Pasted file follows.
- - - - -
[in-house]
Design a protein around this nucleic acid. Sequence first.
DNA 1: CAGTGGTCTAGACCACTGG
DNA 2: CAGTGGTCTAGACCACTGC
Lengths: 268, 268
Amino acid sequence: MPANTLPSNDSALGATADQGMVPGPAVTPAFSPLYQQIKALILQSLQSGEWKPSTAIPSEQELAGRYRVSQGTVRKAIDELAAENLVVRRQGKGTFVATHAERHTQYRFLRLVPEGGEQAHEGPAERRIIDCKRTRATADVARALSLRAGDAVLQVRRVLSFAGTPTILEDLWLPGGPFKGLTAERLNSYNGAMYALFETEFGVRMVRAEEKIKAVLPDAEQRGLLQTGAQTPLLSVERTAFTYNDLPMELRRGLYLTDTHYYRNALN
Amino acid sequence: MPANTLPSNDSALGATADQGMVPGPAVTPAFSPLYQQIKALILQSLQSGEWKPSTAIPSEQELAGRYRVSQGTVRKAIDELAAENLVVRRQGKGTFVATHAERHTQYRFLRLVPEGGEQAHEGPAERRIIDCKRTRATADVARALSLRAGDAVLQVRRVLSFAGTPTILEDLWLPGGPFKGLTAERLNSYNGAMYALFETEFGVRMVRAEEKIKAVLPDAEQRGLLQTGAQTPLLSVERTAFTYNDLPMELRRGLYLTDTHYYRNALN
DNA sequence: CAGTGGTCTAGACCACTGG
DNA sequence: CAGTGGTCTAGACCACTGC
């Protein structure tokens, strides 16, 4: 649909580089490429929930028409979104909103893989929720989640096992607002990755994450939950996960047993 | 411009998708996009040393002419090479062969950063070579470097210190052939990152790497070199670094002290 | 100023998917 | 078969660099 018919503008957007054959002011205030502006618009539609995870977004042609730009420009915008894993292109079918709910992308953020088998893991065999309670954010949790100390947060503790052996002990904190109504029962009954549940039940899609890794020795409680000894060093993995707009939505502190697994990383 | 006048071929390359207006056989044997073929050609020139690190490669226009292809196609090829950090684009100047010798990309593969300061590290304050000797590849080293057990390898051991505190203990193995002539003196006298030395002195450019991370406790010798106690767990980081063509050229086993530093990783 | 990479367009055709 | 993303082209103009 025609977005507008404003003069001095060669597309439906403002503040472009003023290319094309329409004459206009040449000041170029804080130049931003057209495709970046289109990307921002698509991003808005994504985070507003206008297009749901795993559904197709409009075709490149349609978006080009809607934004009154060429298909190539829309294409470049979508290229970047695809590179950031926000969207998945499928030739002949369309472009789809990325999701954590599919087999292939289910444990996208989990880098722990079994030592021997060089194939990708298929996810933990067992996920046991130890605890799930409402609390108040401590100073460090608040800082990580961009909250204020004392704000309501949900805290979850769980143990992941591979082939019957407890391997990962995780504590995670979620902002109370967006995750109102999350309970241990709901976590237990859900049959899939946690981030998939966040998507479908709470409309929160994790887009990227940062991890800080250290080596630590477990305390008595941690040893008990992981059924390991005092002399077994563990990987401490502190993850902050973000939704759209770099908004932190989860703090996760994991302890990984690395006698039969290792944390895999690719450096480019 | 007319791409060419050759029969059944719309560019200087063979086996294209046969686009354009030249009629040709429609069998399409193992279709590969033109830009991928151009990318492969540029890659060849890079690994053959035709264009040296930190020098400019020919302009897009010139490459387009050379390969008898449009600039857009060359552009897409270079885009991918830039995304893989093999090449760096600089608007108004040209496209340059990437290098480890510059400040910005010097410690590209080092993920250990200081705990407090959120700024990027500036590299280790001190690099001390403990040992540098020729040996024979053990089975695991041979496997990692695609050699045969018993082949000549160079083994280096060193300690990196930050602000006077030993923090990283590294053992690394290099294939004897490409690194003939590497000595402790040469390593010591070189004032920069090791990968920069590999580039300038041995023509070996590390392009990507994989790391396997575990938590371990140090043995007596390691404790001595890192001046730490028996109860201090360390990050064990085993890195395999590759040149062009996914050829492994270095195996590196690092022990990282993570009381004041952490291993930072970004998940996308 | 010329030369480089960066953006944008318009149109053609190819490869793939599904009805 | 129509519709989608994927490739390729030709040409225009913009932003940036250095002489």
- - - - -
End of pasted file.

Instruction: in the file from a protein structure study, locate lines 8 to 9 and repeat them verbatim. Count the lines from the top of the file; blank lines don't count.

DNA sequence: CAGTGGTCTAGACCACTGG
DNA sequence: CAGTGGTCTAGACCACTGC